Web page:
The Pattern on the Trestleboard says of Number 10:  “The Kingdom of Spirit is embodied in my flesh.”[v]

A Basic Construction of the Tree

Zero the Fool, walks along the path on the Tree from Kether the Crown #1 to #2 Chokmah, Wisdom, and gathers experience and knowledge at each of the 10 “way-stations” on the Tree, called sephiroth, which translates from the Hebrew as “emanations” [sephirah, singular].

The 22 paths between the sephiroth are named for a Key of the Major Arcana;  the Ones through Tens of the Minor Arcana are placed on the corresponding number on the Tree, and as for the Court, we find disagreement.  One method separates the Tree into three vertical columns.  The column to the left is feminine passive receptive Water and includes numbers 3, 5, 8; we place the four Queens [Water] below the 8, Hod, Glory. The column on the right hand side is masculine active Fire and includes numbers 2, 4, 7 on the Tree; we place the four Kings at the base of the right column below the 7.  The Knights are Air and we place them in the center column 1, 6, 9, 10 below the 9.  Finally, we place the four Pages, Earth, right on the Kingdom, number 10, Malkuth, also representing Earth.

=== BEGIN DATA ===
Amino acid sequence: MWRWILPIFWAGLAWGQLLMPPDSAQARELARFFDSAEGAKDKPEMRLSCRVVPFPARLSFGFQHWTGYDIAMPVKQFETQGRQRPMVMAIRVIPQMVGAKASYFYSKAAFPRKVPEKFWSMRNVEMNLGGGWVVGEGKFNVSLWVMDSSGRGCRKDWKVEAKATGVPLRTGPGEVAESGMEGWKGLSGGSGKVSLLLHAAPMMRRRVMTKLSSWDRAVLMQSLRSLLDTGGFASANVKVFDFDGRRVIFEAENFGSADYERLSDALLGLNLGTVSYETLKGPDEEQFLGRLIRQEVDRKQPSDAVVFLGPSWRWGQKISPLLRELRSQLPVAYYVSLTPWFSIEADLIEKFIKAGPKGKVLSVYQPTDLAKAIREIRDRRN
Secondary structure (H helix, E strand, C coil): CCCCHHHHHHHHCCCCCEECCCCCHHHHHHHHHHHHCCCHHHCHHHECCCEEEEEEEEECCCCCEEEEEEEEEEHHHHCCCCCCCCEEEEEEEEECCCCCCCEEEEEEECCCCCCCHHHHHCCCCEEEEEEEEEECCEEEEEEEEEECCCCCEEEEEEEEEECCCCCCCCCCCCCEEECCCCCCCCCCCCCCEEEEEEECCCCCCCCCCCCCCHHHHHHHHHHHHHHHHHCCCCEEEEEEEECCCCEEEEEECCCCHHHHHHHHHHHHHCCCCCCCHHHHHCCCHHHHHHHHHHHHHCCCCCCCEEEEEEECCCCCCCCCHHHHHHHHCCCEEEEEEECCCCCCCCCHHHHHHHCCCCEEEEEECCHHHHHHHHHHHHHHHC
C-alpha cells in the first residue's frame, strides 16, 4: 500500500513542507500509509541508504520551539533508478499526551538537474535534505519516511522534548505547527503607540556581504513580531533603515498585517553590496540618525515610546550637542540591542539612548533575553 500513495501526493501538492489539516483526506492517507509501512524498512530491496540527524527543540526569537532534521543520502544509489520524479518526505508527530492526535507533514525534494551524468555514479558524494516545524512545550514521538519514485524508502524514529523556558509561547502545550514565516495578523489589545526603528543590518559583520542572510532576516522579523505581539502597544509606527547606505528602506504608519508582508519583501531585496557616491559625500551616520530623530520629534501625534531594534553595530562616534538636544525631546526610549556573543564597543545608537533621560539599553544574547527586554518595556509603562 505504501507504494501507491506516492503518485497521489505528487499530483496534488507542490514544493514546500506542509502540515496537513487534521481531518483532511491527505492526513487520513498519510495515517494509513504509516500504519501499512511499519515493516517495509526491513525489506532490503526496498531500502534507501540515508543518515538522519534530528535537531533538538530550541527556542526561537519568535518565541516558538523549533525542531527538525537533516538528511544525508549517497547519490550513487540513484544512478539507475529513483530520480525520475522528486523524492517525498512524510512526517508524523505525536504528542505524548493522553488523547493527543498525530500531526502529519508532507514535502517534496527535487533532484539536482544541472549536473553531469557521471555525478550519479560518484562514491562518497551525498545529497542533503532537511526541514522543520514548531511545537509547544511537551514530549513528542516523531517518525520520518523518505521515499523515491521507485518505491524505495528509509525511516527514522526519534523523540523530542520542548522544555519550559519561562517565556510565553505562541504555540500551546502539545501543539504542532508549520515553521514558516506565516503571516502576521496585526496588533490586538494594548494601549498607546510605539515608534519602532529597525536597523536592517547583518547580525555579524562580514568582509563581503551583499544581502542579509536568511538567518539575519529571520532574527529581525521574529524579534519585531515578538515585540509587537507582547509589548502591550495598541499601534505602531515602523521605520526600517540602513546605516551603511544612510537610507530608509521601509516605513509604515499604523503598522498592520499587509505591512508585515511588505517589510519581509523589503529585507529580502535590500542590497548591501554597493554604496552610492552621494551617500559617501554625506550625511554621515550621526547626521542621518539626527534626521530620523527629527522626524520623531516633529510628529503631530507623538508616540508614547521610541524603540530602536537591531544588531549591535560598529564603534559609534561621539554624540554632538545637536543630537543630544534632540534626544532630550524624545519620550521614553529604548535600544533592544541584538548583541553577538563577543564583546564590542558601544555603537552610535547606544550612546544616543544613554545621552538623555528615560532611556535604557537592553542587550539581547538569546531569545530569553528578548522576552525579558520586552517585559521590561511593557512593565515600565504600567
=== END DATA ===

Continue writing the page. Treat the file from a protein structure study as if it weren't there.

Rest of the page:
At the Crown is the number One, the un-manifest manifesting for the first time, working Its way “downward,” like a lightning bolt, completing one of the most intriguing and beautiful achievements in all of creation, none other than—you.  The emanation of number One in Tarot is symbolized by the four Aces [the essence of Fire, Water, Air and Earth:  idea, feelings, thinking and body], as well as Key One, the Magician.  The Magician is our idealized, individualized, conscious Self acting as a conduit for the Most High.  At Kether, the Crown of the Tree, we are illuminated, the Infinite made practical in our everyday life.

We have looked at the Number 6, Tiphareth, Beauty, in some detail and briefly considered the 1, 8 and 10.  In our next article, we will move from 1 to 10 in greater depth and show how the Qabalists’ conception of Spirit expands within the divine numbers on the Tree of Life

[1] Gershom Scholem, Kabbalah  (Jerusalem, Israel:  Keter Publishing House Jerusalem Ltd., 1974), p. 3.

[ii] Paul Foster Case, The Tarot:  A Key to the Wisdom of the Ages (Richmond, VA.: Macoy, 1947), p. 4.

[iii] KJV, Matt. 6:13

[iv] Case, p. 31.

[v] Ibid, p. 15.